buy cyproheptadine hcl Notably the sleeping environment in which home studies

Notably, the sleeping environment in which home studies are conducted is often not standardized especially with respect to ambient temperatures due to seasonal changes. According to the data collected from Summer 2012 to Summer 2014 in Australian houses by the Faculty of Architecture, The University of Sydney, the recorded overnight average temperatures (from 2200 to 0600h) over the four seasons were: Summer, 24.3°C±1.6°C; Autumn, 21.6°C±2.2°C; Winter, 17.1°C±2.6°C; and Spring, 21.1°C±1.9°C (Australian Research Council’s Discovery Projects, DP 11010559). The observed large temperature variation, in spite of air-conditioning being used in the monitored rooms, would suggest an expected greater variation in homes that are not centrally heated. However, there have been no studies that examine the validity of actigraphy and SWA under different ambient temperature conditions. Given the differing principles of measurements between actigraphy and SWA, a validation study is warranted to evaluate the concordance rates for sleep variables simultaneously recorded from these devices and PSG. In this study, the Actiwatch 2 (AW2) (Phillips-Respironics) was used. Hence, agreement rates between AW2, SWA and PSG were examined under ambient temperatures of 17°C, 22°C and 29°C. The objective of the study was to test the validity of AW2 and SWA for sleep assessment against PSG. We hypothesized that the performance of SWA may be more affected by ambient temperatures since it also measures buy cyproheptadine hcl temperature.


Table 1 shows the mean and standard deviations for SOL, WASO, TST and SE for PSG, AW2 and SWA at ambient temperature conditions of 17°C, 22°C, 29°C. The sleep measures of SOL, TST and SE from AW2, at all temperature conditions, were not significantly different from those recorded during PSG. However, WASO was significantly overestimated when compared to PSG at 17°C and 22°C (Table 1). The sleep measures recorded from SWA show a significant underestimation of SOL (at 17°C and 22°C), and TST and SE (at 29°C), but an overestimation of WASO (at 29°C) compared to PSG. Fig. 1, B–A plots for single measurement, has been specifically chosen to display data sets from different ambient temperatures and the spread of data especially those that lie outside of the limits of agreement, i.e., outliers of WASO, TST and SE at 29°C (Fig. 1F–H). Table 2 presents the differences between AW2/SWA and PSG (mean bias), and LoA from B–A plots with multiple measurements per subject. Consistent with the data presented in Table 1 and Fig. 1, WASO, TST and SE for SWA show larger mean bias and LoA at 29°C than at 17°C and 22°C.
Although the correlation coefficients between AW2, SWA and PSG were generally acceptable with values well above .49, SWA fared poorer compared to AW2 (Table 3). The sleep and wake epoch agreement rates with PSG were high for both AW2 (87.6%) and SWA (89.6%). Although the sensitivity (ability to detect sleep) was high for AW2 (95%) and SWA (93%), the specificity (ability to detect wake) was low for both AW2 (45%) and SWA (57%). The Cohen’s kappa coefficients showed moderate agreement for AW2 (.41) and SWA (.46), p<.001.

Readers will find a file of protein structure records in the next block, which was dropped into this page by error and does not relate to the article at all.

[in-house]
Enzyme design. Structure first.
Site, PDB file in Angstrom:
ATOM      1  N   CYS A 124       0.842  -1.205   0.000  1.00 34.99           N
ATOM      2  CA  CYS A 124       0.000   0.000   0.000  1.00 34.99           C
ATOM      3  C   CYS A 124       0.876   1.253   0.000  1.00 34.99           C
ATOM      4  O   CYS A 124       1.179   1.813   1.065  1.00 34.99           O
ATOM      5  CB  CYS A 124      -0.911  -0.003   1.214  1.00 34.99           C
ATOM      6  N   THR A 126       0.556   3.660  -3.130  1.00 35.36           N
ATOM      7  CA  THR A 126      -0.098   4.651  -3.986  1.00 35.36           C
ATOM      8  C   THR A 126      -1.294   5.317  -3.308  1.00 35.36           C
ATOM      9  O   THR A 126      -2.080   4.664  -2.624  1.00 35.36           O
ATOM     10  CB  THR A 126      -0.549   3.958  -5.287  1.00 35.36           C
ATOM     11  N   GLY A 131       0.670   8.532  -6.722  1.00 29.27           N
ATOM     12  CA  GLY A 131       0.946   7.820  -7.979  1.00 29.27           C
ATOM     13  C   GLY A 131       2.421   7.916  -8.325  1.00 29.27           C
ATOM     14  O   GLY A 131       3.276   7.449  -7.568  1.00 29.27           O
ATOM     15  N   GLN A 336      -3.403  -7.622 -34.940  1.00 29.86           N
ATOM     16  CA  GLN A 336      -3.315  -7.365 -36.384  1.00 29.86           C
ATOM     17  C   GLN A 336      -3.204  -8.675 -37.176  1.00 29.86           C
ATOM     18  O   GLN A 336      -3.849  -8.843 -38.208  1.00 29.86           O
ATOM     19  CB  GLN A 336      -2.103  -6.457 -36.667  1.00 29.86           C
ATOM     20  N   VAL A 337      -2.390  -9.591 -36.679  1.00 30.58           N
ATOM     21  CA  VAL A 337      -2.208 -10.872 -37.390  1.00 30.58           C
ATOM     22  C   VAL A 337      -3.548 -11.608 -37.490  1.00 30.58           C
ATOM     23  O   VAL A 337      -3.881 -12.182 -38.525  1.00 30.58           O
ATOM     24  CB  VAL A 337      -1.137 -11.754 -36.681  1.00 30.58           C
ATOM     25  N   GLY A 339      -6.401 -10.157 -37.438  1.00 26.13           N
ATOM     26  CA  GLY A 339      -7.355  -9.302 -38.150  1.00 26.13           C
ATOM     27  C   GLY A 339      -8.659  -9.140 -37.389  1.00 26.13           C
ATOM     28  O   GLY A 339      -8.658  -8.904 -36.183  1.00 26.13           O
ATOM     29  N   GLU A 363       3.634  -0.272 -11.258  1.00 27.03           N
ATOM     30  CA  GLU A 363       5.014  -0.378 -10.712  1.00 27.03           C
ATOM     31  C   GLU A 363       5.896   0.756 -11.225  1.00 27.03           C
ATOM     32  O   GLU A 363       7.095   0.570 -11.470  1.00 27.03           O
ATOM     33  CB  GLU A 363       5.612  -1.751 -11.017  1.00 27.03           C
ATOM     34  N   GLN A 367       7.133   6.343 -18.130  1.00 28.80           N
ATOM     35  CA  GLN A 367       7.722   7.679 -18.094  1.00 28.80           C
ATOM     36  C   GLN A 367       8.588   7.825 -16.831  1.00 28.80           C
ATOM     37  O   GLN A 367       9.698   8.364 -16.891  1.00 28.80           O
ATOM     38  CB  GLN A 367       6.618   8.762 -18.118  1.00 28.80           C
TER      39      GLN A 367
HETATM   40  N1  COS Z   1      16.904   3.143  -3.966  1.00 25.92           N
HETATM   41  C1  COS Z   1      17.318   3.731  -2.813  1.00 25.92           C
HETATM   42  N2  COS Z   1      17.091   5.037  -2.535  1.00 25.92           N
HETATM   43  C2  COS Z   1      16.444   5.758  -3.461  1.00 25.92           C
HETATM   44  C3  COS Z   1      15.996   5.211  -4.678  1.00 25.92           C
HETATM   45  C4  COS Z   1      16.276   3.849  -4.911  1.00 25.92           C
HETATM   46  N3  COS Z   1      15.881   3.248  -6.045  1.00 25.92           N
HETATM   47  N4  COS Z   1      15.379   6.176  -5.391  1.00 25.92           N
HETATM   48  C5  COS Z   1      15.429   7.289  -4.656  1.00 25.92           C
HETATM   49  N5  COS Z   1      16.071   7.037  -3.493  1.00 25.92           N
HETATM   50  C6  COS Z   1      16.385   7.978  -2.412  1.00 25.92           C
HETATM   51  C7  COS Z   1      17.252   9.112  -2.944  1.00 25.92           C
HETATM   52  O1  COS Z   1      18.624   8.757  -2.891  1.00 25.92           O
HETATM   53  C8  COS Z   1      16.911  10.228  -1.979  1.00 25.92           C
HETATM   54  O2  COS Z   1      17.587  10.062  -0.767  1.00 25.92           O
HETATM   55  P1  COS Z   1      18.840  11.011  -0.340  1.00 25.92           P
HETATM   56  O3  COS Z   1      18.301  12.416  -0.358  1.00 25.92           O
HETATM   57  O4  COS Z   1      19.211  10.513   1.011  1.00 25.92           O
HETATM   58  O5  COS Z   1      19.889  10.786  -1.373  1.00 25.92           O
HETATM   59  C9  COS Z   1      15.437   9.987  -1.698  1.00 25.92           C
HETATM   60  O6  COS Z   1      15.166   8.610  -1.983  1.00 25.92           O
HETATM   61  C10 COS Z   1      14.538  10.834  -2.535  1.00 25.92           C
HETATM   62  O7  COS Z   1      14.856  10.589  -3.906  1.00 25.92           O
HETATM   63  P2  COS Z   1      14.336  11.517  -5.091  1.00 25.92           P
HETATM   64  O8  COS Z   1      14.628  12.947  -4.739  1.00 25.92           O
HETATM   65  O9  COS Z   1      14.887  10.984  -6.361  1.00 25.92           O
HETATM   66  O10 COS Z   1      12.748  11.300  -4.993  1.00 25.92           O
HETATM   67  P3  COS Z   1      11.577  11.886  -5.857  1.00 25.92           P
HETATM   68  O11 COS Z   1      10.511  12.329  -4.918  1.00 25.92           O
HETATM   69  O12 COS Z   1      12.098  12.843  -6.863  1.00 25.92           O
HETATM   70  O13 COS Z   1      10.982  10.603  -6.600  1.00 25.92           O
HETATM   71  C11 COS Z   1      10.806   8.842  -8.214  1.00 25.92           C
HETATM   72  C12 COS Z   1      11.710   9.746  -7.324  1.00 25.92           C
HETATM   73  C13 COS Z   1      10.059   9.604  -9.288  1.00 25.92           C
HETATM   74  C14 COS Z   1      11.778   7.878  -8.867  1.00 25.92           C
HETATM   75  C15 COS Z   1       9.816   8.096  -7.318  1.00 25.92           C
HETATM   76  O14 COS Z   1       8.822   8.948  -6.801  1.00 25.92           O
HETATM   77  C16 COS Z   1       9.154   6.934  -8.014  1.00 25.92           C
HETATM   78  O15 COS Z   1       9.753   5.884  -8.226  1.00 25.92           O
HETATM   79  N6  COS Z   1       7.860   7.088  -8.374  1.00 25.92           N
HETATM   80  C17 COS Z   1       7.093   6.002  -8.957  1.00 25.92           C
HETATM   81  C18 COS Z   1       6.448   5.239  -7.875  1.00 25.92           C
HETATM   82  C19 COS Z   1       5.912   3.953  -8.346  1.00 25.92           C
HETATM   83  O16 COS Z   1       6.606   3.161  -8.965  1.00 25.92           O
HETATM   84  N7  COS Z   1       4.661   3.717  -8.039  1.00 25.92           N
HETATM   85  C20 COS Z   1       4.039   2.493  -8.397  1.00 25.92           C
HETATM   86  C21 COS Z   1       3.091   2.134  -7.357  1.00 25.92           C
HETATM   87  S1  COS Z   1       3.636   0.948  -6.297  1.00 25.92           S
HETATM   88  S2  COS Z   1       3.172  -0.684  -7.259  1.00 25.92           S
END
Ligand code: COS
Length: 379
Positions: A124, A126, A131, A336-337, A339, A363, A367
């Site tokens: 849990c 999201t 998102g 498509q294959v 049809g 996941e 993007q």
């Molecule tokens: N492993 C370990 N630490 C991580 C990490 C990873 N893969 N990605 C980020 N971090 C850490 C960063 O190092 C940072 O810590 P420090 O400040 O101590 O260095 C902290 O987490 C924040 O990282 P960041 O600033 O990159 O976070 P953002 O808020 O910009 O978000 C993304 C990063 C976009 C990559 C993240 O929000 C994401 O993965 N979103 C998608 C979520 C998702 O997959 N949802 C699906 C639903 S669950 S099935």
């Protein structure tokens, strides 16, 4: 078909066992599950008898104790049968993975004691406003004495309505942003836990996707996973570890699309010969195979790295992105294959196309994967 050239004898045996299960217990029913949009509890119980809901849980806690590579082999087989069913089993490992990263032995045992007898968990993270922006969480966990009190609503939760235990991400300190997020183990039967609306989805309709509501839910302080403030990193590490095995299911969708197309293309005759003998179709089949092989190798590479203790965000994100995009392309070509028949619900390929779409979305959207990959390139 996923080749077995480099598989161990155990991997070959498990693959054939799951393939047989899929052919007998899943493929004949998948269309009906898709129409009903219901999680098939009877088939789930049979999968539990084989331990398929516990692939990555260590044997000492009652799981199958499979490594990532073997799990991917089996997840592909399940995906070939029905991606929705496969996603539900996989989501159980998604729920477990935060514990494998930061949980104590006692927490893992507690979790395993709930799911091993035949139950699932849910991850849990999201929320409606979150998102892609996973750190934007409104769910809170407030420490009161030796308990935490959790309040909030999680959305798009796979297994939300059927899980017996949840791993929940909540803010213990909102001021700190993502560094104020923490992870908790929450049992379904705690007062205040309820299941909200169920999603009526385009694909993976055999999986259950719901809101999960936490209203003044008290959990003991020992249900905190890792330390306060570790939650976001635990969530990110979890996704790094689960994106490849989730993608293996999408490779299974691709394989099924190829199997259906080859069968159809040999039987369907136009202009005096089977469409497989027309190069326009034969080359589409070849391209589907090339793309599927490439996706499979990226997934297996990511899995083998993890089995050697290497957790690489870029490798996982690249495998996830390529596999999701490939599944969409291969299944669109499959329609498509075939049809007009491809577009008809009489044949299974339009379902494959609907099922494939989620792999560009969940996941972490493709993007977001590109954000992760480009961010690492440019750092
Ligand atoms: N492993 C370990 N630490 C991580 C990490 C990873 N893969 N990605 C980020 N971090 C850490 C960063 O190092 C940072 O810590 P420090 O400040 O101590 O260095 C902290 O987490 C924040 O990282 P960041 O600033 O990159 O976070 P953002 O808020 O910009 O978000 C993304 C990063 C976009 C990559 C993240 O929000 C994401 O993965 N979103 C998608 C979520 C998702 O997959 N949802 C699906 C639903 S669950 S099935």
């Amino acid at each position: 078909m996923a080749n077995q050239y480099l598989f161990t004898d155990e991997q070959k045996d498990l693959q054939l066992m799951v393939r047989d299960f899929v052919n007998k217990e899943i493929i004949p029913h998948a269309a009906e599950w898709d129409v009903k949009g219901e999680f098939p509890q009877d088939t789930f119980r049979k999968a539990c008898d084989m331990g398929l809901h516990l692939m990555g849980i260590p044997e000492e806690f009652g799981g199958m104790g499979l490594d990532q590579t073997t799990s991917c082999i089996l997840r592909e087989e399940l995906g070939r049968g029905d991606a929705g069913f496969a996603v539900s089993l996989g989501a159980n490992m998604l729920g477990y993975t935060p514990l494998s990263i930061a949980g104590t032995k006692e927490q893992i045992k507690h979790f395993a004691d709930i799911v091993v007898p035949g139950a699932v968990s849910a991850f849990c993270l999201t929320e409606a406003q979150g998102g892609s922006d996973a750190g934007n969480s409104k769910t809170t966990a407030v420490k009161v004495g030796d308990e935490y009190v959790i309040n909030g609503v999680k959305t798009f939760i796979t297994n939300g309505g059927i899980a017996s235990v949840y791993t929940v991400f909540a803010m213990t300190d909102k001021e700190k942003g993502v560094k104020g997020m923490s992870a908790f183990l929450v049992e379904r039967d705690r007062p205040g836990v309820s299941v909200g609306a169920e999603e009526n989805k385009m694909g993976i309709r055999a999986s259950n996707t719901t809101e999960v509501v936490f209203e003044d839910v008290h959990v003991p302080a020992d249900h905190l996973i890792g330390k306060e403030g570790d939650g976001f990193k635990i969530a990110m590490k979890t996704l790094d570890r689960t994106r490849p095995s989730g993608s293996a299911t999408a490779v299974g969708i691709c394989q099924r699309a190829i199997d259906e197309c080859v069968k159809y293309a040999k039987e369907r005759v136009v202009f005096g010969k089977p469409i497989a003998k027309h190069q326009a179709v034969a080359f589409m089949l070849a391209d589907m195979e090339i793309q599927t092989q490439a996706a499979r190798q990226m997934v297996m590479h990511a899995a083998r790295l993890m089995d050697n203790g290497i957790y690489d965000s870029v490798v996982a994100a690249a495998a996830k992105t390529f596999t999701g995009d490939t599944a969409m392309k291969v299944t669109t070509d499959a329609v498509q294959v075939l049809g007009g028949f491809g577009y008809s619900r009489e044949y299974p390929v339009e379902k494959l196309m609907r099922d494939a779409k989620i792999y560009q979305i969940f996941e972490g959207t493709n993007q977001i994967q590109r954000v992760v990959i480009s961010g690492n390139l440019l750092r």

The present study evaluated the concordance between AW2, SWA and PSG under ambient temperatures of 17°C, 22°C and 29°C. AW2 shows good average agreements with PSG for SOL, TST and SE at all three temperatures, although it significantly overestimates WASO at 17°C and 22°C (Table 1). The mean bias for SOL were considered small (range from −6.7 to 3.6min) and clinically acceptable, consistent with the finding of a previous study except that their study showed a relatively wider range of LoA [16]. The larger variability may be the result of the proprietary software default setting. In contrast, in the present study, lower variability may be explained by the use of a standardized method for manual detection of the rest interval (equivalent to time-in-bed) in which sleep variables are calculated. Although a small bias was observed for WASO (range from 7.1 to 12.4min), AW2 significantly overestimated WASO at 17°C and 22°C but not at 29°C (Tables 1 and 2 and Fig. 1B). This finding contradicted previous studies, which found that AW2 underestimated WASO [2,16]. These differences may be explained by the different model of actigraphy and algorithms used [5], or different level of activity threshold set [3]. Interestingly, good agreements for SOL and WASO were observed when sleep onset was short and wake bouts were low during the sleep period. Such agreements faded as sleep onset became delayed and wake bouts increased (Fig. 1A and B) contributing to the widening of LoA. The present study found good sleep detection (95%) but poor wake detection (45%) consistent with that reported in a review study [4]. Good sleep detection may reflect the good agreement rates in TST and SE at all temperatures (Fig. 1C and D). Poor wake detection may reflect the large variability in WASO (Fig. 1B and Table 2). The high correlations observed for the various sleep variables were consistent with previous reports [1,2,17]. The correlation coefficient is the highest for TST (Table 3). However, correlations may reflect how well data points from two measurements lie along any straight line or the line of equality [13].